Hand Tools

Subject:
agree on the polished..

David Weaver
..especially if the polish is by a buff. There was much criticism of the original two cherries type, which look to me to be made pretty cheaply (they look like a two die forge, minimal machining and then a really heavy buff), though I'm sure the markup after manufacture is large, so if they don't look like a $35 chisel to me or whatever, the manufacturer is probably getting half of that.

The one picture of these makes for an illusion of reflectivity, but it's only raking. It looks more like a 400 grit finish aided by a dull belt (the belt is 120 grit, but spent).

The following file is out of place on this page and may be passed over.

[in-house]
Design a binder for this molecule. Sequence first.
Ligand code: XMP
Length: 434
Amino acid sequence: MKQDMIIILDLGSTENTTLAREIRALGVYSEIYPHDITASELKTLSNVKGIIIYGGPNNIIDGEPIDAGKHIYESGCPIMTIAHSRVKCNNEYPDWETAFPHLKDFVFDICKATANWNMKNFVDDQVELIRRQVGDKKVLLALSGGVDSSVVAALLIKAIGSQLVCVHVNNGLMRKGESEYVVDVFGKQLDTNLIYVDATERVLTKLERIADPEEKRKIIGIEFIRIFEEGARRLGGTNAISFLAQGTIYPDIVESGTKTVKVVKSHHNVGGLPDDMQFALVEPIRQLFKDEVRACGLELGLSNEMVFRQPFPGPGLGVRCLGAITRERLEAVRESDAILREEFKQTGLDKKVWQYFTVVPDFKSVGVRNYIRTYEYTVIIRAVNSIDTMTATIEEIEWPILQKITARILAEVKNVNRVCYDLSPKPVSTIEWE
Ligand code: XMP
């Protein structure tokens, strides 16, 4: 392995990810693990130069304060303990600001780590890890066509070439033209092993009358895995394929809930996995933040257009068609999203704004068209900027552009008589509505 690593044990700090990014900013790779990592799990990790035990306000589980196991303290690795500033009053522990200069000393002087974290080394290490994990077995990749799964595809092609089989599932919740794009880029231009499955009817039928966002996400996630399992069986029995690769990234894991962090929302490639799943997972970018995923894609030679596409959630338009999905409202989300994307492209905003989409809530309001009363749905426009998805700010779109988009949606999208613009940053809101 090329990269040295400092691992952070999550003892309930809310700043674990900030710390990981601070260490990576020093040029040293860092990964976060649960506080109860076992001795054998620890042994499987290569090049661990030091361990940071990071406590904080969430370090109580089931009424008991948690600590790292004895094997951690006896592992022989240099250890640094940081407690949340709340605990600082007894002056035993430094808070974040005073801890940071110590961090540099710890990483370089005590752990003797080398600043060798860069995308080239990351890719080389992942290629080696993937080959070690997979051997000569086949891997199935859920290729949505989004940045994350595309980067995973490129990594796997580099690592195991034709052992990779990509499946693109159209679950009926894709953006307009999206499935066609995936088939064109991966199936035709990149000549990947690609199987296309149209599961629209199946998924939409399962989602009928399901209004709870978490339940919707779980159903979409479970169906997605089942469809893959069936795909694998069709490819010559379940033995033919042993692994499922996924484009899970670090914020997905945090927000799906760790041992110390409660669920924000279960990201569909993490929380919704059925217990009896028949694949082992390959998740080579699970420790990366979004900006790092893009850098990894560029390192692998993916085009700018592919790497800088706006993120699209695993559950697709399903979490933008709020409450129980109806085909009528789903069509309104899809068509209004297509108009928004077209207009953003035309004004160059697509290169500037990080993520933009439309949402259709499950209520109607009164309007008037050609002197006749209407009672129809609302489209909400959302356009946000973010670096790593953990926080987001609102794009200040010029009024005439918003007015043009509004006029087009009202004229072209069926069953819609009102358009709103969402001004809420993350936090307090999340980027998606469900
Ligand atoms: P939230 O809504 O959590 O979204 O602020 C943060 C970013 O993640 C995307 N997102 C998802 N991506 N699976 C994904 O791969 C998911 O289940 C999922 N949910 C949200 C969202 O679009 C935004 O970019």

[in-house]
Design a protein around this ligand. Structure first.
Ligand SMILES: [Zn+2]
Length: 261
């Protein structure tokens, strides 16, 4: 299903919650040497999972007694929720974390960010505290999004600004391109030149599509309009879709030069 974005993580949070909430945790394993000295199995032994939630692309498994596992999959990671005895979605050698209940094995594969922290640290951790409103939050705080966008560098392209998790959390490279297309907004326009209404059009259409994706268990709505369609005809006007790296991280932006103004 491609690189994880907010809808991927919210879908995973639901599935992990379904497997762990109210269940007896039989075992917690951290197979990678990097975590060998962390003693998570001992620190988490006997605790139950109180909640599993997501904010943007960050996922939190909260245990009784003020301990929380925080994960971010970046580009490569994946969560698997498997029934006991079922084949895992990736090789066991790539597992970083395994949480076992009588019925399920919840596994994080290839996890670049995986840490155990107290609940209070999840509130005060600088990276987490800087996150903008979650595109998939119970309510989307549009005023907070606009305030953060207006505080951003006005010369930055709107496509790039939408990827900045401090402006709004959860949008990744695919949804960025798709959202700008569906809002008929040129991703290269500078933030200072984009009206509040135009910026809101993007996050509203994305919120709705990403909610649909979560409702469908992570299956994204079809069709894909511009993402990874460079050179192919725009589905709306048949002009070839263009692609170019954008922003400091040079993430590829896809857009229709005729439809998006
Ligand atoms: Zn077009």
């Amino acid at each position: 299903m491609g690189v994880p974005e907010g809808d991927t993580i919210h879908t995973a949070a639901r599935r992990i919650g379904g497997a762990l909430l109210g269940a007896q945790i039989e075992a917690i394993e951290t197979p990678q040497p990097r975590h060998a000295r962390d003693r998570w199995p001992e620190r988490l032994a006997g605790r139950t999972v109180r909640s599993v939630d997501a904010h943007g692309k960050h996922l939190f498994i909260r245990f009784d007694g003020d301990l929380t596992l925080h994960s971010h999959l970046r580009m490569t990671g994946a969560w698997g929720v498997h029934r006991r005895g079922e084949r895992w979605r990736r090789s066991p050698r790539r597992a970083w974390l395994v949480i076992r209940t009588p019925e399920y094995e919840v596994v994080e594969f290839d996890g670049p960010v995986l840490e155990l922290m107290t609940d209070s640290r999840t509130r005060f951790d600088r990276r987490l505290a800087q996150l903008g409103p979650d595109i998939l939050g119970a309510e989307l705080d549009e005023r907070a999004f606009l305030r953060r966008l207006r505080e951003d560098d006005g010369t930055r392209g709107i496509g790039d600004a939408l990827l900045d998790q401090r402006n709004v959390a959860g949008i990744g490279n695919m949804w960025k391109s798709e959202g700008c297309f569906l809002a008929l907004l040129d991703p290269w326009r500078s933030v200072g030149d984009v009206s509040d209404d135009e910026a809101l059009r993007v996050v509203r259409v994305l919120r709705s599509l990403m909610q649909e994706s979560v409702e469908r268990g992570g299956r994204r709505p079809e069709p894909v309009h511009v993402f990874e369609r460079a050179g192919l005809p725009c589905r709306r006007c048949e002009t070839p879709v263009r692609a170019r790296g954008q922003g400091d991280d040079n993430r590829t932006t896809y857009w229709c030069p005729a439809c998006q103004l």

crisp lines that are anything but straight make for lots more work, I guess. George Wilson showed a highly polished surgical/bone knife at one point that still had crisp lines and I remember him talking about how much effort it took to grind and polish it - it was so perfectly made that it almost looked artificial in the picture. I will not ever be doing work that level on chisels! :) :)

But I'm not down with rounded over lines on tools (except for the buffed tip that is).

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